The scientific literature has some interesting results on photoadaptation. For example, Porter et al. (1984) have provided data for Stylophora pistillata adapted to high and low irradiance levels, and examined photosynthetic parameters of intense light-adapted colonies at high and low light levels and low light-adapted colonies at high and low light levels. The results showed that low light-adapted colonies have much higher photosynthetic capacity at low light than the intense light-adapted colonies. Corals growing at higher light irradiance are often much lighter in color than colonies of the same species in lower irradiance regions. Interestingly, Falkowski and Dubinsky (1981) found that the difference in pigmentation in S. pistillata was not due to the density of zooxanthellae, but due to the average pigment content of the zooxanthellae. Another interesting result that could explain why corals live and grow well in our poorly lit aquariums is the research finding that the coral adaptation to low light was faster than adaptation to intense light.

Corals may also show morphological changes in response to irradiance. In the wild, colonies that are often hemispherical in shape in shallow waters become increasingly plate-like in deeper waters. In aquariums, most hobbyists have noticed that when fragments of the same coral are planted in different locations in a tank, they may often grow in different shapes. These morphological differences may not be completely attributable to irradiance, but may be a combination of several factors that include irradiance and water motion.

Corals in the wild are subject to light from various directions, and different parts of the coral may be photoadapted to different light characteristics based on its position and relative exposure to the light. When placed in an aquarium, the light is typically unidirectional (from the top), and parts of the coral that were once subjected to light may now be shaded, whereas parts that were shaded may be exposed to more light. Hence, different parts of the coral may have to photoadapt differently. Often we find that the underside or shaded portions of the coral colonies will bleach, and this is due to the change in the light reaching the bottom of the coral colony. Sometimes the tips may bleach, and this may be due to coral tips receiving too much light and its failure to adapt rapidly.


Light, photosynthesis and the incredible ability of the corals to photoadapt play an important role in the keeping of corals in our reef aquariums. Although the corals, by virtue of photoadaptability, may be forgiving, drastic changes in lighting should be avoided. Corals should be acclimatized to the aquarium lighting conditions in a gradual manner. Often, corals brought in from the wild will take two to three months before they adjust completely to the lighting conditions of the aquarium.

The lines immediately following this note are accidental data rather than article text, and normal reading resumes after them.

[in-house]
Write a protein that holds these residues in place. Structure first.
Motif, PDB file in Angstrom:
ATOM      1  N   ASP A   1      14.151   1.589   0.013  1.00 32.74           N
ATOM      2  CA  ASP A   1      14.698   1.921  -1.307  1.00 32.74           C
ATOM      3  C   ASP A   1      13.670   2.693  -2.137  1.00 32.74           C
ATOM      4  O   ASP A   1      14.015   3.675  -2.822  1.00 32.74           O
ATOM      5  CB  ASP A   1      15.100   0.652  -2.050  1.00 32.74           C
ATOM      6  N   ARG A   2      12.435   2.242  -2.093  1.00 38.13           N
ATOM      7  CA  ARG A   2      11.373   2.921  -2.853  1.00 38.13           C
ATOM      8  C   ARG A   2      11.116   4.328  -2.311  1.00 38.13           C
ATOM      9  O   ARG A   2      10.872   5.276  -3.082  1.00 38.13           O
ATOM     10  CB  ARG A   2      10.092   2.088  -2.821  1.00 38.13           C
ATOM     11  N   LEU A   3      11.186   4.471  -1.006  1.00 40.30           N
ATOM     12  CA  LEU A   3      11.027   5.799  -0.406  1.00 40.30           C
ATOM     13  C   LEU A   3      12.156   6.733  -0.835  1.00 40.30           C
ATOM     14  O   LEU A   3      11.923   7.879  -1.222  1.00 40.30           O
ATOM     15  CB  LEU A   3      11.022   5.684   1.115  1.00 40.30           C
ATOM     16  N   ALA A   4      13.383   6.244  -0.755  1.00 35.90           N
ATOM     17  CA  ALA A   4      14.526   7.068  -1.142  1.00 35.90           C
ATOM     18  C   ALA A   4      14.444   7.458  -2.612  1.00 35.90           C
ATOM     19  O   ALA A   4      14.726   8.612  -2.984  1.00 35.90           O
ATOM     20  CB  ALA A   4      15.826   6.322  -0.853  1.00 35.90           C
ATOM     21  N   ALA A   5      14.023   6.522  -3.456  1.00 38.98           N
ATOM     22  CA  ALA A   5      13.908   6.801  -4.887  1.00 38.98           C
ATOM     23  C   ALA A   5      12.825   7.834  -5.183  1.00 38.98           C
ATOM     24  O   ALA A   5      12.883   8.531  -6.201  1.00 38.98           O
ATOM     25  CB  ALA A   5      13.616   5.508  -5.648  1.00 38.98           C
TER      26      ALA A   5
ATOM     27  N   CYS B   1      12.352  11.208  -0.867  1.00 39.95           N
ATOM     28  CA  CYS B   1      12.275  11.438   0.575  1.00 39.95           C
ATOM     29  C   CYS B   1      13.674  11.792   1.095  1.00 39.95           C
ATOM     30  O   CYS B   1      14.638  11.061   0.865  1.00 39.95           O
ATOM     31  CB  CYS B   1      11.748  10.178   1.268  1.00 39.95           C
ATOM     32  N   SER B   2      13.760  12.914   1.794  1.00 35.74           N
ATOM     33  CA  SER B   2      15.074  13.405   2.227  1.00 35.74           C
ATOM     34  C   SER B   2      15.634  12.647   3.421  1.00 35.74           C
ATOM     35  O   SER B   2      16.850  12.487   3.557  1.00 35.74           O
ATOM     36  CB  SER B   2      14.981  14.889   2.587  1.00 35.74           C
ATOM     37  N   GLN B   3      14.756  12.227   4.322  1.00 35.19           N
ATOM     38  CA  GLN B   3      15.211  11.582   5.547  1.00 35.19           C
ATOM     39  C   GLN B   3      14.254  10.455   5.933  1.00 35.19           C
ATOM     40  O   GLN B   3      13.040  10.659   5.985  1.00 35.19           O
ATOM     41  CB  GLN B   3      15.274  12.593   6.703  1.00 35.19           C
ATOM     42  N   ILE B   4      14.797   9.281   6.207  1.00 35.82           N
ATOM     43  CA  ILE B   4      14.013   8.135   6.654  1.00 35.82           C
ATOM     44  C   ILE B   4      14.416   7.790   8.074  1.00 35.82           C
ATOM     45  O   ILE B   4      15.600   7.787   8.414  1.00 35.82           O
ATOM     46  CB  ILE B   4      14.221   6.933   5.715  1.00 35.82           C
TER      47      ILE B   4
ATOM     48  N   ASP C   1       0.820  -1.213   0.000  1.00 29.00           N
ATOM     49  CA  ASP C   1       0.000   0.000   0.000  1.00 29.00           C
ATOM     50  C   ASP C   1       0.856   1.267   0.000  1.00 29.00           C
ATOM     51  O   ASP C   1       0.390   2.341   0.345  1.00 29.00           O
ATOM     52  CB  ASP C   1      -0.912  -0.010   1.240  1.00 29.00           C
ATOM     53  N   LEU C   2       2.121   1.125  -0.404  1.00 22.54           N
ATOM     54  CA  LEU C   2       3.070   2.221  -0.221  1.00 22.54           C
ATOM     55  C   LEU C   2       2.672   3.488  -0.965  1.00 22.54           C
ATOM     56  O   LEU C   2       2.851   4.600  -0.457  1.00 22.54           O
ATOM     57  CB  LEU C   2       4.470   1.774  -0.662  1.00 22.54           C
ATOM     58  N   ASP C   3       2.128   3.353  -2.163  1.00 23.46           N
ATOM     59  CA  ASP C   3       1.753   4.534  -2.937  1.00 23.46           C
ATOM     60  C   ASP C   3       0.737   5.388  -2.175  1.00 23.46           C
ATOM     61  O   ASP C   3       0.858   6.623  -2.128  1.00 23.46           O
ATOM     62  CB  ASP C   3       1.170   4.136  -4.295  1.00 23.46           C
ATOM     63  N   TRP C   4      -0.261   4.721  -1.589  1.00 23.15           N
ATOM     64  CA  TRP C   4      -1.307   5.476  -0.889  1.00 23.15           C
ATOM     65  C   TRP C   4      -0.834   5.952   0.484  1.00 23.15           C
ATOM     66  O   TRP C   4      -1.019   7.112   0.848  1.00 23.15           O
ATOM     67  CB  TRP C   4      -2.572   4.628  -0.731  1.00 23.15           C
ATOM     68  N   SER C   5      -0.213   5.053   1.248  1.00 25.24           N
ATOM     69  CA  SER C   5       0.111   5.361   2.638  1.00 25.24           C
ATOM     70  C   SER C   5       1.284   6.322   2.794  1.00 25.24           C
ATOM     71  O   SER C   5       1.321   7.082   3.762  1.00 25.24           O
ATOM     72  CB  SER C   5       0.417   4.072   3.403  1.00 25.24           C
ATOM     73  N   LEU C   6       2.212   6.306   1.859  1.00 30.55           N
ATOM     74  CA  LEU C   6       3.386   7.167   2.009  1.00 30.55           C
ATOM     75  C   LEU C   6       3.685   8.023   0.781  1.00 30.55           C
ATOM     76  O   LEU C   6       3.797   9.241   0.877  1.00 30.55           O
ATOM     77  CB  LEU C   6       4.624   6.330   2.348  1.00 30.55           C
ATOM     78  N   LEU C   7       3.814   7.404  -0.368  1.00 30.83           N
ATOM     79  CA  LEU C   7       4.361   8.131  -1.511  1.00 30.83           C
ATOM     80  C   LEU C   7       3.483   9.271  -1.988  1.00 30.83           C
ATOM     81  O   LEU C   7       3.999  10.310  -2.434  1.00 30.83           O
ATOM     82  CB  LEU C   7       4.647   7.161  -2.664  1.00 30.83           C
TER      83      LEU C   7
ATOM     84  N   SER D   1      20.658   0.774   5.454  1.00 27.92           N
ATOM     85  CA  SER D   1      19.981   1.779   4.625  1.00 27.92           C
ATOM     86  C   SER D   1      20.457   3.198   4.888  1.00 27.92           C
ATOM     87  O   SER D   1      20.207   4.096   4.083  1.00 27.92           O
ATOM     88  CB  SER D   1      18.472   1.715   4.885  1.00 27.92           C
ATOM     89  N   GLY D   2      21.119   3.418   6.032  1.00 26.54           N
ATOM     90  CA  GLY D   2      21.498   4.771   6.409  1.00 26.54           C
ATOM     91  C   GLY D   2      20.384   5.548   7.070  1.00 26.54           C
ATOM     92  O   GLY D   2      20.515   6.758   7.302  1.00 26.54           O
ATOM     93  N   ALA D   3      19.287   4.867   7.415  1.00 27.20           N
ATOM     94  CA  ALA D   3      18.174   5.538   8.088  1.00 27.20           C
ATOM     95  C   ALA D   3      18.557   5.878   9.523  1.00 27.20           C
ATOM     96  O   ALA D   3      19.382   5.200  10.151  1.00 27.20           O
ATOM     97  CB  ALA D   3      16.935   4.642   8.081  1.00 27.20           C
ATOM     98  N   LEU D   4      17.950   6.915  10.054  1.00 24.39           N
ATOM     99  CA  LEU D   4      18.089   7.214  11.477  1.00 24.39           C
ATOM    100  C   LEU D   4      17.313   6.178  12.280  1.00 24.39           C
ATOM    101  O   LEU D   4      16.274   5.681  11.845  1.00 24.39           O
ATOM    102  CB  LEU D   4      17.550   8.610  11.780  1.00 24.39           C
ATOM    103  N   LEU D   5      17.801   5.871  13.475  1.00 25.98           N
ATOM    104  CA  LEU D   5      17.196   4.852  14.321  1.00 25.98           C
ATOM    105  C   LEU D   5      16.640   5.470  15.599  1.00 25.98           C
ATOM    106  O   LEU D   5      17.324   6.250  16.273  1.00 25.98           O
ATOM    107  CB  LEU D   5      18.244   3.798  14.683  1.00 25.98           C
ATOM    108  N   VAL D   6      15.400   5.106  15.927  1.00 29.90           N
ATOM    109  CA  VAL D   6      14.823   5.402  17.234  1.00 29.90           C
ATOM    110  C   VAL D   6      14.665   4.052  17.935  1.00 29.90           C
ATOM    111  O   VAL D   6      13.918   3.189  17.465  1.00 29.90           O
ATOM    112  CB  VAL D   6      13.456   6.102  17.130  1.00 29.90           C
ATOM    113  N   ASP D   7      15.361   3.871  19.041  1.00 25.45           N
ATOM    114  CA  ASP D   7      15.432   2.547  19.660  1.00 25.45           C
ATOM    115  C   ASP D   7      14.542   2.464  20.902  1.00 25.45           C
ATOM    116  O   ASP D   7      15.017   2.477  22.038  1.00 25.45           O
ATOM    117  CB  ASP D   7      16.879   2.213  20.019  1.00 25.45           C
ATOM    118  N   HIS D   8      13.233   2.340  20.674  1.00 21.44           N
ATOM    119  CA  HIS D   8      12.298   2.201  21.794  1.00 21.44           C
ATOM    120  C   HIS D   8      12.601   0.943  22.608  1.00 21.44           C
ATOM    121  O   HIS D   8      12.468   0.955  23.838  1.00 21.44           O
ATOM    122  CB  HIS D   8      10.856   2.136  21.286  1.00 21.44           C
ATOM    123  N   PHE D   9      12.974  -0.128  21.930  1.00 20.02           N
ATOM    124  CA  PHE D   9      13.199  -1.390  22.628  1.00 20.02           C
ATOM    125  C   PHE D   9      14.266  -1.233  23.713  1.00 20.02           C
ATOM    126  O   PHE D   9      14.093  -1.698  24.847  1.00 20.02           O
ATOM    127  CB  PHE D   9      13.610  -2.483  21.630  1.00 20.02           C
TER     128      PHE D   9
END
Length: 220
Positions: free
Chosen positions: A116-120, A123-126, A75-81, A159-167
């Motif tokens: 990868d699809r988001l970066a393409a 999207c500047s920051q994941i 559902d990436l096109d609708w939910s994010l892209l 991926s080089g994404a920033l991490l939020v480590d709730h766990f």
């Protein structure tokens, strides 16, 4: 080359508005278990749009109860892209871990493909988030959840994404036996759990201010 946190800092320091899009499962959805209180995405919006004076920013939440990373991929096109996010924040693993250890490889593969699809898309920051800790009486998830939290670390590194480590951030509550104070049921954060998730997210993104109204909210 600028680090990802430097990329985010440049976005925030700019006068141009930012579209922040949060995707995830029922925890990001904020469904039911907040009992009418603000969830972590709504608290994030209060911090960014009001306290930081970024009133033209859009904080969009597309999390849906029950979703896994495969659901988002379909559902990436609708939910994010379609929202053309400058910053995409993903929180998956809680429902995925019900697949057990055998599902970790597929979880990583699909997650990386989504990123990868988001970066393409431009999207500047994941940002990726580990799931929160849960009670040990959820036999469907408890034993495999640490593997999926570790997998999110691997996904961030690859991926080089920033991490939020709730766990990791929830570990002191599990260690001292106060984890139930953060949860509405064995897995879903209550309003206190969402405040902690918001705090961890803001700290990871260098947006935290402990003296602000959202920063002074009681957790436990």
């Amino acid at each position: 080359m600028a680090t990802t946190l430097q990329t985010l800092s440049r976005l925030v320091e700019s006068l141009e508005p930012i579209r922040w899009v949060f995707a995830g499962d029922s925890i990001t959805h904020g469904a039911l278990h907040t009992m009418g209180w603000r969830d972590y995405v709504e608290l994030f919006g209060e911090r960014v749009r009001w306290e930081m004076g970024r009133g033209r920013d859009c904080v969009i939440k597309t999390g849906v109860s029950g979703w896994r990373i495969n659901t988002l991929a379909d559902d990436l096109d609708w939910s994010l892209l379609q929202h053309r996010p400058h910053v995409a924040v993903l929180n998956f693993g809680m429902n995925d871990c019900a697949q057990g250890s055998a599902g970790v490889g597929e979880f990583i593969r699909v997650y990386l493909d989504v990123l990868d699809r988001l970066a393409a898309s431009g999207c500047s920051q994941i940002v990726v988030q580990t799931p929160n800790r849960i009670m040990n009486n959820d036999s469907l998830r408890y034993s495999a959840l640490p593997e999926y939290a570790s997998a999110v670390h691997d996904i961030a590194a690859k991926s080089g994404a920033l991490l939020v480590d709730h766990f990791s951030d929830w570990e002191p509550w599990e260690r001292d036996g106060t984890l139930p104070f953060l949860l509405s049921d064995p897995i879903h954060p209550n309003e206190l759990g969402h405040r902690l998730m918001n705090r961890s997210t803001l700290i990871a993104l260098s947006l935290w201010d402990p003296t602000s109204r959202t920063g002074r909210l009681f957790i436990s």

It has been my personal experience that smaller colonies tend to adapt better to new lighting conditions. There is less shading of the lower branches and hence less bleaching from the bottom up, and it is easier to orient it in a direction that it is accustomed to growing in the wild. I have also found that corals that are growing well in our reef aquaria also tend to adapt faster when moved to another reef. This may be due to the fact that the coral is already adjusted to the spectrum and intensity of the artificial lights, and only minor re-adaptation is required when moved to another aquarium.

Fragments of SPS corals grown under artificial lighting also adapt very quickly, and in fact may do better than larger colonies because they are also able to adjust their new growth morphology to the artificial lighting conditions. To avoid having the corals re-adjust to the lighting directions and intensity within an aquarium, frequent movement of the corals within a tank should be minimized. I find that the corals that are moved less frequently (or not moved at all) are able to maintain a consistent growth rate uninterrupted by the need to photoadapt when moved.

From the hobbyist point of view, it is very important to understand the light requirements of corals and be able to provide these requirements via artificial lighting. There is very interesting on-going research being conducted that I am sure will provide answers to the many light-related questions that are prevalent in the hobby. Someday we will be able to match the individual corals’ P-I curves in our aquariums, be able to tweak the lighting spectrum so as to bring out the best colors in the corals, and bring science to the art of keeping coral reef aquariums.

The ability of the corals to adapt in such an incredible manner also raises some other interesting issues. Should we try to emulate the reef zones in our aquariums and make the effort to try to provide the light spectrum and intensity that the corals are accustomed to in the wild? Or, should we provide light that “enhances” the visual appearance and coloration of the corals and force the corals to adapt in a manner that we find appealing?